Fairy Tower Nearing Release, Music Download
7:49 AM | Cord Kruse | 1 comment
With Fairy Tower entering the last stage of development, LittleWing has released more information about the upcoming pinball game's development. This time Littlewing discusses Fairy Tower's music, created by Ryuichi Sato. As a bonus treat visitors to LittleWing's site can download a sample of Ryuichi Sato's new music.
Mr. Ryuichi Sato has been creating music for advertising and game music industry for many years. As you may remember, Ryu has created wonderful music and sound effects for our pinball games since we collaborated in Crystal Caliburn. His music often inspires us when creating the graphics.LittleWing is also offering another chance to win a key code for Fairy Tower by filling out an online questionnaire. To learn more about the game and check out the questionnaire follow the links below.
Littlewing: Fairy Tower Music
Now Ryu is composing beautiful sound tracks for Fairy Tower one after another; Dwarf Polka, Giant Swing, Iron Grasshopper, We are not so alone, and more.
Littlewing Pinball Questionnaire
IMG Reviews Hearts of Iron 2
11:44 AM | Tuncer Deniz | 4 comments
IMG has posted a review of Hearts of Iron 2, the latest game from Paradox and ported to the Mac by Virtual Programming. Here's a clip from the review:
Some background: Hearts of Iron II is a full strategic recreation of World War II covering the years from 1936 to 1947. The gamer can pick virtually any country in the world during that time to play as, whether they be a major player or Luxembourg. Seriously. You could play through all 11 years of the game as Chile and just not do a single thing related to the war. It might not be the best use of your time, but if you have the inkling, go for it. Live your weird Chilean dream.To check out the review, please follow the link below.
IMG Review: Hearts of Iron 2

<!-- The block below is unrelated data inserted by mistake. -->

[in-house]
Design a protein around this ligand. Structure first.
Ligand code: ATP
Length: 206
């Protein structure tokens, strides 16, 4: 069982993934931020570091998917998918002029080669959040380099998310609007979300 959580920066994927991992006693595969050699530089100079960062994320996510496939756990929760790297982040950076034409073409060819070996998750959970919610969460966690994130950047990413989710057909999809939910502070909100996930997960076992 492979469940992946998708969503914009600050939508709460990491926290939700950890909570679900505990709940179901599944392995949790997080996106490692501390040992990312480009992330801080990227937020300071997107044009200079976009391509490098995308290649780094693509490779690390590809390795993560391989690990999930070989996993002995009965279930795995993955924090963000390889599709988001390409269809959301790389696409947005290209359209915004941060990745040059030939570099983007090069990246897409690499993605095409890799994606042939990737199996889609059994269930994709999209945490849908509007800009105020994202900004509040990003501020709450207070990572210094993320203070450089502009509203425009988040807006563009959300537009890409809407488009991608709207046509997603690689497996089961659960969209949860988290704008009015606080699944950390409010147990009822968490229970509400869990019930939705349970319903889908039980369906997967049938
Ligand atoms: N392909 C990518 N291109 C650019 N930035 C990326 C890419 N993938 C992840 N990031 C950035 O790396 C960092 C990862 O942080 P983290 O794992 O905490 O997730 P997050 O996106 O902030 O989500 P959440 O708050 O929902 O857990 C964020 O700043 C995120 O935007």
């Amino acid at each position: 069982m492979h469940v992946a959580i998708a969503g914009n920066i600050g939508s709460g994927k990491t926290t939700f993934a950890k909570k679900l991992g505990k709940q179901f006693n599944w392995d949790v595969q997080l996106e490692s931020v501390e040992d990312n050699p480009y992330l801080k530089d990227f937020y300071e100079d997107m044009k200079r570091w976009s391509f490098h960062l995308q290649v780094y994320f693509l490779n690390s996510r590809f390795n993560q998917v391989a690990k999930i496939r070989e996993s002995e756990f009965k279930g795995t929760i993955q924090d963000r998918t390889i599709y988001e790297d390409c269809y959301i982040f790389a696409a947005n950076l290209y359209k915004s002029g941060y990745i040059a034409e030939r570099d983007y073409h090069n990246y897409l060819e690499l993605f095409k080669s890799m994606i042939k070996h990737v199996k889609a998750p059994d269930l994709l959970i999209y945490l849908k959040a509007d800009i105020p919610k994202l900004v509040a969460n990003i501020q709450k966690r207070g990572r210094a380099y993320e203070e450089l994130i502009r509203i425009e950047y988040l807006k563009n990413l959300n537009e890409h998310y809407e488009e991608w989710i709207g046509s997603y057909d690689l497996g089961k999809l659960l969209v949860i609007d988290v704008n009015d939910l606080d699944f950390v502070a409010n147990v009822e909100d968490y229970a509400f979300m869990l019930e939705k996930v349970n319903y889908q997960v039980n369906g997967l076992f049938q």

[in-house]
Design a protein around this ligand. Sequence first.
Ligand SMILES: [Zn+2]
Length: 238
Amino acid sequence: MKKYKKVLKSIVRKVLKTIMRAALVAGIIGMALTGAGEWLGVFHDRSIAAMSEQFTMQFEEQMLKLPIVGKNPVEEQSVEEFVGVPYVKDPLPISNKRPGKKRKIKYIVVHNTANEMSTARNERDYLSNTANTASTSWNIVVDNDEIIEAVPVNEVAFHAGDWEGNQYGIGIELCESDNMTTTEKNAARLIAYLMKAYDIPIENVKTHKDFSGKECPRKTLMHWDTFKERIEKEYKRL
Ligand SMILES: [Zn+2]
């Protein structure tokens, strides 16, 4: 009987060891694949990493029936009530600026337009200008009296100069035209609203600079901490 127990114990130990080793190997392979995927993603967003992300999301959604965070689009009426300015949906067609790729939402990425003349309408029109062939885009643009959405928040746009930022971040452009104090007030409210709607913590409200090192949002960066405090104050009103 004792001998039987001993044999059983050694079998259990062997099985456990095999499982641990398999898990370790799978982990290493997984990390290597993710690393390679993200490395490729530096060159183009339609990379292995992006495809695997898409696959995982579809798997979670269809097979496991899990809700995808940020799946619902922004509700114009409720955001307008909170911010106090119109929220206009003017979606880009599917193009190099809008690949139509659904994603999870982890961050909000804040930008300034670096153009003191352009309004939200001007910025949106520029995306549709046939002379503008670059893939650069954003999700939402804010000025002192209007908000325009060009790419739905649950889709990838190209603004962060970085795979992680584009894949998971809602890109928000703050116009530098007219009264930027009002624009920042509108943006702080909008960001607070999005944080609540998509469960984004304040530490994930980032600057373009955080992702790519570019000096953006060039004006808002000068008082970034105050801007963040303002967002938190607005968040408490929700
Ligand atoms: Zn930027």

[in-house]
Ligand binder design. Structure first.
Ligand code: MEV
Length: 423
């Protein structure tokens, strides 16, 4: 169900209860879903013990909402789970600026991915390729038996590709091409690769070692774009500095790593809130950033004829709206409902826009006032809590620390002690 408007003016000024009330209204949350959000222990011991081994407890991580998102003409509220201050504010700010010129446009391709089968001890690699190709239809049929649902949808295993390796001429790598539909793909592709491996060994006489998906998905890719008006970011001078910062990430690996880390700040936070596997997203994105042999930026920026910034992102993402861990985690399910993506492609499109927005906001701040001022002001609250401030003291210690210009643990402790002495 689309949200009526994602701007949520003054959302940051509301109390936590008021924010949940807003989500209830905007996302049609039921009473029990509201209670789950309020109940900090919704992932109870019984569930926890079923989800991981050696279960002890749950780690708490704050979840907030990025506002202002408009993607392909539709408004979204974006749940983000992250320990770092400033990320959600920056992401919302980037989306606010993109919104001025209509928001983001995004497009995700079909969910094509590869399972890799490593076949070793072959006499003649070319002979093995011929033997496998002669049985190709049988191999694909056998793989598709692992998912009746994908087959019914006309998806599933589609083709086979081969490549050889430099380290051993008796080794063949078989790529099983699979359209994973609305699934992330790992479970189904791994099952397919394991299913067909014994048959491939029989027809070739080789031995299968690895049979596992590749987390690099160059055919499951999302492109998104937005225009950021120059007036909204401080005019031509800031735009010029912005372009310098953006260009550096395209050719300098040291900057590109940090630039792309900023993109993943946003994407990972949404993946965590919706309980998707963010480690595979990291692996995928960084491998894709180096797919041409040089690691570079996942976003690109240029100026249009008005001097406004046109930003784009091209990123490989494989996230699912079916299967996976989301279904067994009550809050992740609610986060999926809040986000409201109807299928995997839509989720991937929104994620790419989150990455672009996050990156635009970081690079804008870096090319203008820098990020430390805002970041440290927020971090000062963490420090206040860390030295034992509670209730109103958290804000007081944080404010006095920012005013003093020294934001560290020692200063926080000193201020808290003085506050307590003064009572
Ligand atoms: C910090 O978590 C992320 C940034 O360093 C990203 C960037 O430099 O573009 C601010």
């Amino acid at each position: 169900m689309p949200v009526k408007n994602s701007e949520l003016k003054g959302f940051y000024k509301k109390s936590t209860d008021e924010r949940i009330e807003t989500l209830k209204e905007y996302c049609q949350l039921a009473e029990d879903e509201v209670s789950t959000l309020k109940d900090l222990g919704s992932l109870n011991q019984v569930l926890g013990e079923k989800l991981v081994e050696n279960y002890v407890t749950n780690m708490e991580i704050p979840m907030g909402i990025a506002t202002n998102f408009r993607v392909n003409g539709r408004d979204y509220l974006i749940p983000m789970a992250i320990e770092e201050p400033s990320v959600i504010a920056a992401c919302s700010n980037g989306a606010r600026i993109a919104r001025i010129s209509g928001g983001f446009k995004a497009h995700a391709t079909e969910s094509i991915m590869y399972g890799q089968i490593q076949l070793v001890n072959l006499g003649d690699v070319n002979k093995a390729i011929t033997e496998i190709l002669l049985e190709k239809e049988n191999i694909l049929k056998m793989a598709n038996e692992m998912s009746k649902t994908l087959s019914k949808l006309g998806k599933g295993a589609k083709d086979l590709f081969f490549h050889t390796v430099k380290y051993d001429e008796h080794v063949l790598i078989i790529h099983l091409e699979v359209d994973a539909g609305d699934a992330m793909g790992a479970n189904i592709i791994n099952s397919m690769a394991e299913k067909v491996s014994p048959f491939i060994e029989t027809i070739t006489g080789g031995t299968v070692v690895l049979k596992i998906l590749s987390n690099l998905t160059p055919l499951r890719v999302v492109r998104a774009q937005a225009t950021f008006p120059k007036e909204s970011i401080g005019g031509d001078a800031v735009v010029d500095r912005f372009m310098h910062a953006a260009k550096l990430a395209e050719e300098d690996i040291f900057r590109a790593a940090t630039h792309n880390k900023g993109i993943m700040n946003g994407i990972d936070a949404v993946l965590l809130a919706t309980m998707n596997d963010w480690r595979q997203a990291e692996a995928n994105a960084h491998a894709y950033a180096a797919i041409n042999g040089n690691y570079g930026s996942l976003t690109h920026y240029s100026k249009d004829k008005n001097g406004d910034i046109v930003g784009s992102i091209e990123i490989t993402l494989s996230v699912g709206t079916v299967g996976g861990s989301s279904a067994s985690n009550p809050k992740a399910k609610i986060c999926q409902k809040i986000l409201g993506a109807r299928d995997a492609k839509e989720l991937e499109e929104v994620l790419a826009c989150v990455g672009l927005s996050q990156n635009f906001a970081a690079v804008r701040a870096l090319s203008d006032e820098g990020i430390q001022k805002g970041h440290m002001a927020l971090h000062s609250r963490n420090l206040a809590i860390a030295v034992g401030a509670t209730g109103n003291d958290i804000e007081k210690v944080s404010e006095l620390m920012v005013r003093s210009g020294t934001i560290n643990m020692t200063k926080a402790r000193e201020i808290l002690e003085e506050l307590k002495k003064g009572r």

After almost a month of obsessive gameplay, I'm pleased to announce that HOI2 fans shouldn't need to hunt me down and give me wedgies until I submit to Paradox's strategic masterpiece.
Hearts of Iron 2
Buy Hearts of Iron 2
Apple Updates Hot Deals
9:39 AM | Tuncer Deniz
ClubMac†has deals on a wide variety of Mac compatible products including: Adobe's Flash Pro 8 for only $694.00; The Sims 2 from Aspyr (now runs natively on Intel-based Macs w/downloadable patch!) for only $44.99; scan images and film with Canon's CanoScan LiDE Color 500F Image Scanner for only $129.00; Kensington Pico FM Transmitter for the iPod Nano (black) for only $44.99; Sony 23" PremierPro wide-screen LCD Display for only $1099.99; G-Technology's G-Raid 2/320GB FW800 Array for only $341.99; Fujitsu ScanSnap Fi-5110EOXM Duplex Color Sheet-fed scanner for only $395.00; Canon EOS 20D digital camera w/18-55mm lens for only $1239.99;†and much more.
Ramjet†has Hot Deals exclusive deals on a wide variety of Mac compatible memory including: 512MB DDR SDRAM DIMM for PowerMac G4 (Mirror Drive Door) for only $48; 512MB DDR SO-DIMM for iBook G4 for only $63; 1GB DDR2-533 DIMM for the iMac G5 w/built-in iSight for only $88; 1GB DDR400 DIMM for G4 Mac Mini for only $96; 2GB DDR 400 RAM Kit for the original iMac G5 for only $189; and much more.
Tribal Trouble Universal Binary Released
8:24 AM | Tuncer Deniz | 3 comments
Oddlabs' 3D real-time strategy game, Tribal Trouble, is now available as a Universal Binary, allowing Mac Intel gamers to run the game at native speeds. Set on a tropical island, Tribal Trouble pits Vikings against Tribesmen in warfare and is playable either online or against the computer.
To download a demo of Tribal Trouble, head over to Macgamefiles.com. The full version of the game is available for purchase through Macgamestore.com as a digital download for $29.95.
MGF: Tribal Trouble 1.1
Buy Tribal Trouble
Spiderweb's Vogel on Indie Games
7:49 AM | Anthony Wang | 4 comments